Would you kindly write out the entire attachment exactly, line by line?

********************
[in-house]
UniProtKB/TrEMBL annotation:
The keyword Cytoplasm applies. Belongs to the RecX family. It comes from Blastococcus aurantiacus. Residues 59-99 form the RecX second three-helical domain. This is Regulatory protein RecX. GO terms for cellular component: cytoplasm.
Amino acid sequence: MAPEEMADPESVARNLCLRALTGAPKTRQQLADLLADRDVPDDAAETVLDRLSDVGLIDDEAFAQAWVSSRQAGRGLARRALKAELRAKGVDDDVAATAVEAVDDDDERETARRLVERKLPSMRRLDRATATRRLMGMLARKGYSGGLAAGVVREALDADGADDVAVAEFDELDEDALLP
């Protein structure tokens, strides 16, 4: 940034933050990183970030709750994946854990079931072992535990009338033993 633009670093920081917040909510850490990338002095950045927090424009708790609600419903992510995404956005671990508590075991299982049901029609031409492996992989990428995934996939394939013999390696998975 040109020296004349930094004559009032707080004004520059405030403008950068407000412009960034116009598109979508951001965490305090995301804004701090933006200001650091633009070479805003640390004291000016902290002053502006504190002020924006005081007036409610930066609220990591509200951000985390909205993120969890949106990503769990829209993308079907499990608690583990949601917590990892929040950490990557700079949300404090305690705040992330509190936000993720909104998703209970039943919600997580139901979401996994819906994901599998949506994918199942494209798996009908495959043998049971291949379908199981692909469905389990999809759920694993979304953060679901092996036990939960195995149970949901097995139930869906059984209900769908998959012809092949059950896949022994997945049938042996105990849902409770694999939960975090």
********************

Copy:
[in-house]
UniProtKB/TrEMBL annotation:
The keyword Cytoplasm applies. Belongs to the RecX family. It comes from Blastococcus aurantiacus. Residues 59-99 form the RecX second three-helical domain. This is Regulatory protein RecX. GO terms for cellular component: cytoplasm.
Amino acid sequence: MAPEEMADPESVARNLCLRALTGAPKTRQQLADLLADRDVPDDAAETVLDRLSDVGLIDDEAFAQAWVSSRQAGRGLARRALKAELRAKGVDDDVAATAVEAVDDDDERETARRLVERKLPSMRRLDRATATRRLMGMLARKGYSGGLAAGVVREALDADGADDVAVAEFDELDEDALLP
């Protein structure tokens, strides 16, 4: 940034933050990183970030709750994946854990079931072992535990009338033993 633009670093920081917040909510850490990338002095950045927090424009708790609600419903992510995404956005671990508590075991299982049901029609031409492996992989990428995934996939394939013999390696998975 040109020296004349930094004559009032707080004004520059405030403008950068407000412009960034116009598109979508951001965490305090995301804004701090933006200001650091633009070479805003640390004291000016902290002053502006504190002020924006005081007036409610930066609220990591509200951000985390909205993120969890949106990503769990829209993308079907499990608690583990949601917590990892929040950490990557700079949300404090305690705040992330509190936000993720909104998703209970039943919600997580139901979401996994819906994901599998949506994918199942494209798996009908495959043998049971291949379908199981692909469905389990999809759920694993979304953060679901092996036990939960195995149970949901097995139930869906059984209900769908998959012809092949059950896949022994997945049938042996105990849902409770694999939960975090």